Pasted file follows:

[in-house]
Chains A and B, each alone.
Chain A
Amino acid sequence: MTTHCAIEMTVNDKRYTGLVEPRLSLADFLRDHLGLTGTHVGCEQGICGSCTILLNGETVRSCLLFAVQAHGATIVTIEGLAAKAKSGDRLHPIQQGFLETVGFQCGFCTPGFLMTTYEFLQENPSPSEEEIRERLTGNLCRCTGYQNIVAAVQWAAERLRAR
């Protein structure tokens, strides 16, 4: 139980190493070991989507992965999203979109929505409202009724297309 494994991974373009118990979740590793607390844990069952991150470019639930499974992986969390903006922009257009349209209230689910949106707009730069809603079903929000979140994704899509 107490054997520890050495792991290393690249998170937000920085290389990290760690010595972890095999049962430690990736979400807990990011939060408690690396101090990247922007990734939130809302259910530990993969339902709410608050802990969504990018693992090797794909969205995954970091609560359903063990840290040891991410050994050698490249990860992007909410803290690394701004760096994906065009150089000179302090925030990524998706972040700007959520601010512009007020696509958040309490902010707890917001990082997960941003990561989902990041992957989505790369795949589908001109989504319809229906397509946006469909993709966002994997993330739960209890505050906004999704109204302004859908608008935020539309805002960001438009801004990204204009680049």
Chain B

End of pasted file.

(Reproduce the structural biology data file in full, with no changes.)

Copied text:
[in-house]
Chains A and B, each alone.
Chain A
Amino acid sequence: MTTHCAIEMTVNDKRYTGLVEPRLSLADFLRDHLGLTGTHVGCEQGICGSCTILLNGETVRSCLLFAVQAHGATIVTIEGLAAKAKSGDRLHPIQQGFLETVGFQCGFCTPGFLMTTYEFLQENPSPSEEEIRERLTGNLCRCTGYQNIVAAVQWAAERLRAR
């Protein structure tokens, strides 16, 4: 139980190493070991989507992965999203979109929505409202009724297309 494994991974373009118990979740590793607390844990069952991150470019639930499974992986969390903006922009257009349209209230689910949106707009730069809603079903929000979140994704899509 107490054997520890050495792991290393690249998170937000920085290389990290760690010595972890095999049962430690990736979400807990990011939060408690690396101090990247922007990734939130809302259910530990993969339902709410608050802990969504990018693992090797794909969205995954970091609560359903063990840290040891991410050994050698490249990860992007909410803290690394701004760096994906065009150089000179302090925030990524998706972040700007959520601010512009007020696509958040309490902010707890917001990082997960941003990561989902990041992957989505790369795949589908001109989504319809229906397509946006469909993709966002994997993330739960209890505050906004999704109204302004859908608008935020539309805002960001438009801004990204204009680049």
Chain B